Three people charged in a Romanian-based Internet scam that netted at least $1.4 million were back in custody Thursday after being released on their own recognizance last week.

Ten people arrested in the case since October each had faced an initial bail of $1 million, but 15th Judicial District Judge Edward Rubin last week allowed three of the defendants to be released on their own recognizance with electronic monitoring when their attorneys challenged the high bail amount, said Assistant Attorney General David Caldwell.

The state 3rd Circuit Court of Appeal overturned Rubin’s decision, and the state Attorney General’s Office was back in court Thursday fighting for steep bail to ensure the defendants don’t skip town.

“They have considerable resources to generate fraudulent identification — and money — so we are very concerned they will run,” said Ernest Green, an investigator with the Attorney General’s Office.

Green said the scam was orchestrated by an “international organized crime syndicate based out of Romania.”

The case has since been reassigned to 15th Judicial District Judge Marilyn Castle, who after a more than two-hour hearing Thursday set bail ranging from $150,000 to $1 million.

“I consider this to be an extremely serious offense,” Castle said. “This is an international fraud scheme that has hurt many American citizens.”

Ovidiu Micu, 34, a Romanian who was living in Breaux Bridge, now faces a $1 million bail.

Bail was set at $750,000 for Nielsen Racu, 26, of Lafayette, who is married to Dorin Munteanu Racu, 31, a Romanian also charged in the scheme and still on the run.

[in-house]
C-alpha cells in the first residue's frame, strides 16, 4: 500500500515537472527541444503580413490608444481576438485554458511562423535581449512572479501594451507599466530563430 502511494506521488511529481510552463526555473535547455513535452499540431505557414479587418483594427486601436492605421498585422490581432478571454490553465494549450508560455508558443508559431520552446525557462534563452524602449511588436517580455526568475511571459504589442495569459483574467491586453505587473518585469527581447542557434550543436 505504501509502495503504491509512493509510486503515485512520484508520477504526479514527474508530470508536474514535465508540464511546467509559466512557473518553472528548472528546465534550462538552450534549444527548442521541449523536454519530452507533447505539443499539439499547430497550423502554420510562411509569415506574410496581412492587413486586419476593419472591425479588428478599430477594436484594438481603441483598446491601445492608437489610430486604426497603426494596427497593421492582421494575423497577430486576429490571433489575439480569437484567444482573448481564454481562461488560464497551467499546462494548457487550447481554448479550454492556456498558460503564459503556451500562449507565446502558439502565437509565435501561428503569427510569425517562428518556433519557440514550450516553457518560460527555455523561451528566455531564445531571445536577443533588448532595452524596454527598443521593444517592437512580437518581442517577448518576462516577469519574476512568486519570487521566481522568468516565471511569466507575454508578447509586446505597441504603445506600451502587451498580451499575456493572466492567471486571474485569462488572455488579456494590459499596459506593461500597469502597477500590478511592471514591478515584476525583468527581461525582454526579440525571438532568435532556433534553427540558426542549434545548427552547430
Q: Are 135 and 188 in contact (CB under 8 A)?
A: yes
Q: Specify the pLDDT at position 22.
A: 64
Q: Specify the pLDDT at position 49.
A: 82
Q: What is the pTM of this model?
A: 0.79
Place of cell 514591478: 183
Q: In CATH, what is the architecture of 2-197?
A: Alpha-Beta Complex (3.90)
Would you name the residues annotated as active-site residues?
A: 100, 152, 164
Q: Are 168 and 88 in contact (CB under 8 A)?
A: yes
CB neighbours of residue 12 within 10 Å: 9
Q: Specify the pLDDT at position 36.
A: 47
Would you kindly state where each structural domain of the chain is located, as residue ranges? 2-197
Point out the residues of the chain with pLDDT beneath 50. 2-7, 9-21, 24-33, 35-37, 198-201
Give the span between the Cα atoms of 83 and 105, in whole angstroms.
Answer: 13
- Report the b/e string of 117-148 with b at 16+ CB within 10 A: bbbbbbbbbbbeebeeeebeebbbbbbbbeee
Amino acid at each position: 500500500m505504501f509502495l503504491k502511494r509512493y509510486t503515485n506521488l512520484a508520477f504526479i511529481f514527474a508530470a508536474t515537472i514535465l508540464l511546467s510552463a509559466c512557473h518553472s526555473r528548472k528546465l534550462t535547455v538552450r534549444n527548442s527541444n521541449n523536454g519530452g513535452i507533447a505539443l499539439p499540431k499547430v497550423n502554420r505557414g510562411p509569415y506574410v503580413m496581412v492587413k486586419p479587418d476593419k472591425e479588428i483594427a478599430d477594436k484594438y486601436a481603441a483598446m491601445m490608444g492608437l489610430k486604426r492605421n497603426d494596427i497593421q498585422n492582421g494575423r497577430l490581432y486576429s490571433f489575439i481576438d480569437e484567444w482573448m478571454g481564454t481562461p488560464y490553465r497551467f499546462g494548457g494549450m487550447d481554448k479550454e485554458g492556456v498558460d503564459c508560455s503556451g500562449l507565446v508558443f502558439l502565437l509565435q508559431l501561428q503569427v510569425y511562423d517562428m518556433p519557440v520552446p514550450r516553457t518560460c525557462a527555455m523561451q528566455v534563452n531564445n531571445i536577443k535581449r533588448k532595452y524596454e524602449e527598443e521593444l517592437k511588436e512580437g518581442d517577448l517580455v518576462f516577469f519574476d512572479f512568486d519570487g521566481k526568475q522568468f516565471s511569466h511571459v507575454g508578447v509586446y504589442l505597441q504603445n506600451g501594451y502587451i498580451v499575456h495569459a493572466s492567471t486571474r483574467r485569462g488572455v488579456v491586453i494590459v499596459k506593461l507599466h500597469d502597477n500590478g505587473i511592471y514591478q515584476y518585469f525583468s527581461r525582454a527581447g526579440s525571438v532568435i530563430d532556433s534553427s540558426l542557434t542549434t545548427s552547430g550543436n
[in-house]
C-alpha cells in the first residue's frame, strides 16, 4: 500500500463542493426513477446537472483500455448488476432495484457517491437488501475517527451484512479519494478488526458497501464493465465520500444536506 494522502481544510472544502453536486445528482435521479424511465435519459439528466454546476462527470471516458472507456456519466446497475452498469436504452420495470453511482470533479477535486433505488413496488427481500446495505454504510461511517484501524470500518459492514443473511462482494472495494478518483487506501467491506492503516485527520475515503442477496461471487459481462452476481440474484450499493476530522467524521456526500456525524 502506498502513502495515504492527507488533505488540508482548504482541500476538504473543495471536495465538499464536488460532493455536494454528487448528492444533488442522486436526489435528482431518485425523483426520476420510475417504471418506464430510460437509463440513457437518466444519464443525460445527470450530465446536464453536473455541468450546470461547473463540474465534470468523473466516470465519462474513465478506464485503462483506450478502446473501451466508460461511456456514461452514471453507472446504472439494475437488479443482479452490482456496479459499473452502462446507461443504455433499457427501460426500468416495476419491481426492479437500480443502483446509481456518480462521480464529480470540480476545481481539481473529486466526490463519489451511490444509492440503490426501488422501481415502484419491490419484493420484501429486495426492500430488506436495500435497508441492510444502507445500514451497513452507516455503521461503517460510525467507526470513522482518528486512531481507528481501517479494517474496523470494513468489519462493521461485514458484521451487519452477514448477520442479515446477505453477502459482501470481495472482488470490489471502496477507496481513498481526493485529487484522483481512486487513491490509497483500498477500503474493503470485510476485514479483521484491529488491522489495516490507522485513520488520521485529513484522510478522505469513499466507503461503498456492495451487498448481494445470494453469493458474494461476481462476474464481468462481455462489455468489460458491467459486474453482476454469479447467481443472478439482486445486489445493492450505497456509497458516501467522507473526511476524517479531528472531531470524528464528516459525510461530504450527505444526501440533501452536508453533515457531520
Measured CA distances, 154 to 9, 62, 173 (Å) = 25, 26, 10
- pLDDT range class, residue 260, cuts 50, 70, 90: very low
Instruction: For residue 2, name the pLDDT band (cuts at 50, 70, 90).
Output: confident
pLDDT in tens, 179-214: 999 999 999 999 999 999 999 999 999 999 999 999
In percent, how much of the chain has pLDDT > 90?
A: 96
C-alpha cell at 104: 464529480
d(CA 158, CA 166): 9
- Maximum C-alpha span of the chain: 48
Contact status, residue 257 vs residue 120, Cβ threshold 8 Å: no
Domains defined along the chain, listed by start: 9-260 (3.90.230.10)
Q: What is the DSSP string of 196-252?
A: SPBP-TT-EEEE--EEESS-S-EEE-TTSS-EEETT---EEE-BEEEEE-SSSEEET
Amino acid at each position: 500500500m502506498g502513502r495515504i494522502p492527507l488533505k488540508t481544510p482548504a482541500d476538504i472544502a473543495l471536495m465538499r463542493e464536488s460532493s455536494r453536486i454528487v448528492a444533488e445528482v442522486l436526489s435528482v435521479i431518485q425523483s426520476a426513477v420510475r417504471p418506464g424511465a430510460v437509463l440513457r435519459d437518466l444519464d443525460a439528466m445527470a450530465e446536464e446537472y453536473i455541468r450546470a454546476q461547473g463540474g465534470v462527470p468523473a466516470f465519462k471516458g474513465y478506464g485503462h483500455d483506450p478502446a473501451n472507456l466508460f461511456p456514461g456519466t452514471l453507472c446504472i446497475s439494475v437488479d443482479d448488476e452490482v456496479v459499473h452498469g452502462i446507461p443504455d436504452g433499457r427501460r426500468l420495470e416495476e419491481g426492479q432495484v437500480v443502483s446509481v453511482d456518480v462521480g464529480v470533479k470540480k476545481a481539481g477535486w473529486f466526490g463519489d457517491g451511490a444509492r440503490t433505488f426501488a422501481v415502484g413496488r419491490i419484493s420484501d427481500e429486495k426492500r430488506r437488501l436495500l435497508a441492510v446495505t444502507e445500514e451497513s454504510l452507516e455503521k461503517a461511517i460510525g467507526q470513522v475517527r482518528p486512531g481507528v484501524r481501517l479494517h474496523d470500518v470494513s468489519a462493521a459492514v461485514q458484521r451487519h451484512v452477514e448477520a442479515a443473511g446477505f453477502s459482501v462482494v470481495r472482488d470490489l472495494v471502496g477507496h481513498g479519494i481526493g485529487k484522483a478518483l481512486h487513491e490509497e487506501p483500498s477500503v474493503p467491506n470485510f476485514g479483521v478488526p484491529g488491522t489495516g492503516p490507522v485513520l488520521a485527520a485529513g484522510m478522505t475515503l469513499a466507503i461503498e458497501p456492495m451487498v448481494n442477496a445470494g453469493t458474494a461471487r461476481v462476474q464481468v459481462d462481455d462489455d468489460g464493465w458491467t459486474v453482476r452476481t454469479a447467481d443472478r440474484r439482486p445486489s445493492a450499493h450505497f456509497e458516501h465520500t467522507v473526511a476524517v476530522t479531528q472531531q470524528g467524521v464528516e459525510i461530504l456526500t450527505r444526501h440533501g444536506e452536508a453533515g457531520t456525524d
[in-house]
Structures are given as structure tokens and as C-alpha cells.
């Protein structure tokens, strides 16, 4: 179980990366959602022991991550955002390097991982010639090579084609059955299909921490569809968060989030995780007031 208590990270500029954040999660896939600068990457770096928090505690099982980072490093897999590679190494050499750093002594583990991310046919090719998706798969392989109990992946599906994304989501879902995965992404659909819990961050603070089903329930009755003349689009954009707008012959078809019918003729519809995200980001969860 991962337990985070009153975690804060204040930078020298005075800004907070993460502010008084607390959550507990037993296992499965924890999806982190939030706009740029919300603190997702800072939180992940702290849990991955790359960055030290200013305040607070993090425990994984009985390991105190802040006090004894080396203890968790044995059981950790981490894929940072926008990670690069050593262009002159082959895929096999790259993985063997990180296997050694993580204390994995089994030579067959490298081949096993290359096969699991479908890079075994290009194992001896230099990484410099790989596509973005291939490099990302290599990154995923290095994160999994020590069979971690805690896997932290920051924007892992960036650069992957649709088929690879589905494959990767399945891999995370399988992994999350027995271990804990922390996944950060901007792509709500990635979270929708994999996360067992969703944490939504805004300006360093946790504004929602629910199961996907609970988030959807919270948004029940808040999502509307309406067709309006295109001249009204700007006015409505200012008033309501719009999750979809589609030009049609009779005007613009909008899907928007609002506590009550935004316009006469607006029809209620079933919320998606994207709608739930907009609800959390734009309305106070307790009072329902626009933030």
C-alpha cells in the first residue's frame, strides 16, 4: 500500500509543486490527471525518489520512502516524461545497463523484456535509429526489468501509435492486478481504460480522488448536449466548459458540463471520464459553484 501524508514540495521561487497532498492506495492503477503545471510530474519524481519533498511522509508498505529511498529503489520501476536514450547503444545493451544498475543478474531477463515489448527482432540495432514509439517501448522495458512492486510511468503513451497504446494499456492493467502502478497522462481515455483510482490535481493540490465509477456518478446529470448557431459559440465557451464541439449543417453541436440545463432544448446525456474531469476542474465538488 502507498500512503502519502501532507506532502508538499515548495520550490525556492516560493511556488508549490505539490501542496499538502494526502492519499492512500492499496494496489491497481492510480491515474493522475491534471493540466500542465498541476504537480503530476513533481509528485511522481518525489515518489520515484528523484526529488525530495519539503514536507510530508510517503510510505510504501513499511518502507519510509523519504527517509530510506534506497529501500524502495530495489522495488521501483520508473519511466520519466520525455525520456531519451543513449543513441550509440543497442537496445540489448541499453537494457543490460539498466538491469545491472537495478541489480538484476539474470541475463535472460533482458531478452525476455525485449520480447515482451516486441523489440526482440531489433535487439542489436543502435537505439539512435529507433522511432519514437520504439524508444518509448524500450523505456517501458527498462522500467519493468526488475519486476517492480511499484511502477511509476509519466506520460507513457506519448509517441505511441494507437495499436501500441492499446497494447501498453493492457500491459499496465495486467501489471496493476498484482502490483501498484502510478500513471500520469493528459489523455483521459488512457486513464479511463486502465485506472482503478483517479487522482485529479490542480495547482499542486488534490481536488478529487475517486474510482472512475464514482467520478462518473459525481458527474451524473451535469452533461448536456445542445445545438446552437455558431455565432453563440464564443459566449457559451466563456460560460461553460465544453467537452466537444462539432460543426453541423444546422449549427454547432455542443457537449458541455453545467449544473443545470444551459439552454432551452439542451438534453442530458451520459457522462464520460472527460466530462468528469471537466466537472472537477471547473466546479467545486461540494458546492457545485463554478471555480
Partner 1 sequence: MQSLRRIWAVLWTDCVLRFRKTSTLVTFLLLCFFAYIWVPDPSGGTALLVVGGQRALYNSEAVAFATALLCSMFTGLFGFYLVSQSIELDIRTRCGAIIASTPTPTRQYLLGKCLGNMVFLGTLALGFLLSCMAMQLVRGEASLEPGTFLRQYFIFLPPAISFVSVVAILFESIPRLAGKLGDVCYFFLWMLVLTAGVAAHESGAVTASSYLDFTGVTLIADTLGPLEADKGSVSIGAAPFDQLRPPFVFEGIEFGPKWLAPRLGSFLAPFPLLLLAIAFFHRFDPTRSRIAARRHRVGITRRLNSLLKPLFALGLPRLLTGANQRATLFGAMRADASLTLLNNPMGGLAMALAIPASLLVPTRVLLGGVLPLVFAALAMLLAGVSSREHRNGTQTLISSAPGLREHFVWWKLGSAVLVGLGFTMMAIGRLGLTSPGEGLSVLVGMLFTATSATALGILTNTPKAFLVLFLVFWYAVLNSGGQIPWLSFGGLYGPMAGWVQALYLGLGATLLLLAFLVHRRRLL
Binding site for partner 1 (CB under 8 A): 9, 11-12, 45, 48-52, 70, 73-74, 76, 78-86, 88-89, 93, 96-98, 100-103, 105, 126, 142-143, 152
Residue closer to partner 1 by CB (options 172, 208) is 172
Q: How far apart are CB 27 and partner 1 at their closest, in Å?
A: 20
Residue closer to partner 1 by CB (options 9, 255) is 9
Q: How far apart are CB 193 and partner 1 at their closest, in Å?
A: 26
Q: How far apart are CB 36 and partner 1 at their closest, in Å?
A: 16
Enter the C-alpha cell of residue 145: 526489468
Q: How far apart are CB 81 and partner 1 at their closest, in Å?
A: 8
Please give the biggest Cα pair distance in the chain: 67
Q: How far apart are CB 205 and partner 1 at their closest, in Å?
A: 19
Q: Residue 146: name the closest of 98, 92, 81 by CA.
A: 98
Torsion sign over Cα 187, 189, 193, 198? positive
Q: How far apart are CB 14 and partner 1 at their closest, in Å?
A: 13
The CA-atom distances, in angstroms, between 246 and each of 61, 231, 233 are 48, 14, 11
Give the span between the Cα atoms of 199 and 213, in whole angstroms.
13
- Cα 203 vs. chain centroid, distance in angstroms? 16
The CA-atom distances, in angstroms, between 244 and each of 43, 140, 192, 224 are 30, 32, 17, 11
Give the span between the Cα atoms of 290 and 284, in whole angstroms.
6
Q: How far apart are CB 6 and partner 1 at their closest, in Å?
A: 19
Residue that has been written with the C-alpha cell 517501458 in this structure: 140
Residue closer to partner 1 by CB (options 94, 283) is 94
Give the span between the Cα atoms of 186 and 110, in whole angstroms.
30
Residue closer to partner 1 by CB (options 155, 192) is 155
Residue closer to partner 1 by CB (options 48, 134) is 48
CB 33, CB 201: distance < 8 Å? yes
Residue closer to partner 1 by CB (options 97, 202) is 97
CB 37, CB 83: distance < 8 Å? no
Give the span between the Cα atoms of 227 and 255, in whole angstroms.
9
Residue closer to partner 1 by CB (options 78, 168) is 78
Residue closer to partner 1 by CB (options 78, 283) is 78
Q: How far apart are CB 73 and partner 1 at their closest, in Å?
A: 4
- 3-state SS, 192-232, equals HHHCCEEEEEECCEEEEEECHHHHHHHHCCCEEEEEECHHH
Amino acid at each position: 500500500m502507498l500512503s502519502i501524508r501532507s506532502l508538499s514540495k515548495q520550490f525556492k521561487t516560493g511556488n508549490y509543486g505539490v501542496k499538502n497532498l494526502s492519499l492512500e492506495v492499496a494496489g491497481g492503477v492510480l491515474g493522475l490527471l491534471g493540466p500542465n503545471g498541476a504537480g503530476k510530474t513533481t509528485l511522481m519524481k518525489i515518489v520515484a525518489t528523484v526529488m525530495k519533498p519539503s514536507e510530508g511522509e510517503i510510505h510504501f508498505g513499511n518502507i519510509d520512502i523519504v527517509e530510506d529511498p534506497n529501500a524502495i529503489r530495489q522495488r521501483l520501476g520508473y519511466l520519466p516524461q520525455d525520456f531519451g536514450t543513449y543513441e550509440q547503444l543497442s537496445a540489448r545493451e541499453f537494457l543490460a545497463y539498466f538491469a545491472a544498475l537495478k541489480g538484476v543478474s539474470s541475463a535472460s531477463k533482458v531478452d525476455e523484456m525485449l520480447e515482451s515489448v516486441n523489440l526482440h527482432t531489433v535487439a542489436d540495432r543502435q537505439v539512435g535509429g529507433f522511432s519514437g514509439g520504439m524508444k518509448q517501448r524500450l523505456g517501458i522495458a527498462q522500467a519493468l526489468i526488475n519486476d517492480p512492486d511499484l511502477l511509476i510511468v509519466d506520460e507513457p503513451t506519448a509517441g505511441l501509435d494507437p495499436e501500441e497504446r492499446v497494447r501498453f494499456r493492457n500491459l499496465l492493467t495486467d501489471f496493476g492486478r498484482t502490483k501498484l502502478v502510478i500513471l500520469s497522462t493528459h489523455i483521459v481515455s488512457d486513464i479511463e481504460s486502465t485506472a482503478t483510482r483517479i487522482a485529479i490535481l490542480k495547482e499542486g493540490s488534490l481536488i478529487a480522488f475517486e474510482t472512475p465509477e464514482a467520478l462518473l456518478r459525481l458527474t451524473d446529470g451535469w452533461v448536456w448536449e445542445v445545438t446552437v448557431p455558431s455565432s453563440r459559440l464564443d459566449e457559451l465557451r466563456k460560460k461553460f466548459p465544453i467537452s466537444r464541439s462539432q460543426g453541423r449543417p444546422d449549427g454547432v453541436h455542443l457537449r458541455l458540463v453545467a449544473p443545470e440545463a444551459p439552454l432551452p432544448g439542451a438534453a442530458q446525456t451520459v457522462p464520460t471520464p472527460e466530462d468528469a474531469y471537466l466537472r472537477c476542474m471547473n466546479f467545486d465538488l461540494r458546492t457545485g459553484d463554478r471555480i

“Mr. Racu is still at large, and at this point, nobody knows where he is,” Green said.

April Derouselle, 34, and Ashley Journet, 27, two sisters from Breaux Bridge who were charged in the scheme, face bails of $300,000 and $150,000, respectively.

Derouselle had been released on her own recognizance, but Journet had remained in jail.

Other defendants in the case have not challenged their initial bail and have remained incarcerated.

All face up to 50 years in prison on charges of racketeering and conspiracy, Caldwell said.

“I don’t know if it’s dawned on everybody yet how serious this charge is and how serious we are,” Caldwell said.

Green testified at Thursday’s hearing that scammers lured unsuspecting online shoppers with offers of various items on eBay and Craigslist, then shifted the victims to phony “look-alike” websites, where they would be prompted to wire money for the items.

“Once the money is sent, communication is ended with the victims,” Green said.

He said the total take is believed to be at least $1.4 million, but the investigation is ongoing.

“Right now, we have over 700 victims and counting,” Green said.

The AG’s Office has said many of the victims were in Louisiana and Mississippi, and many of the defendants facing charges here were allegedly doing the legwork of accepting wire transfers of money from victims, then, in turn, wiring the money on to accomplices in Romania in return for a cut.

“The individuals in Romania are basically the folks calling the shots,” Green said.

Caldwell said trying to push for the prosecution of anyone in that country is difficult, but he hopes cases like the one in Lafayette could send a message to stateside participants.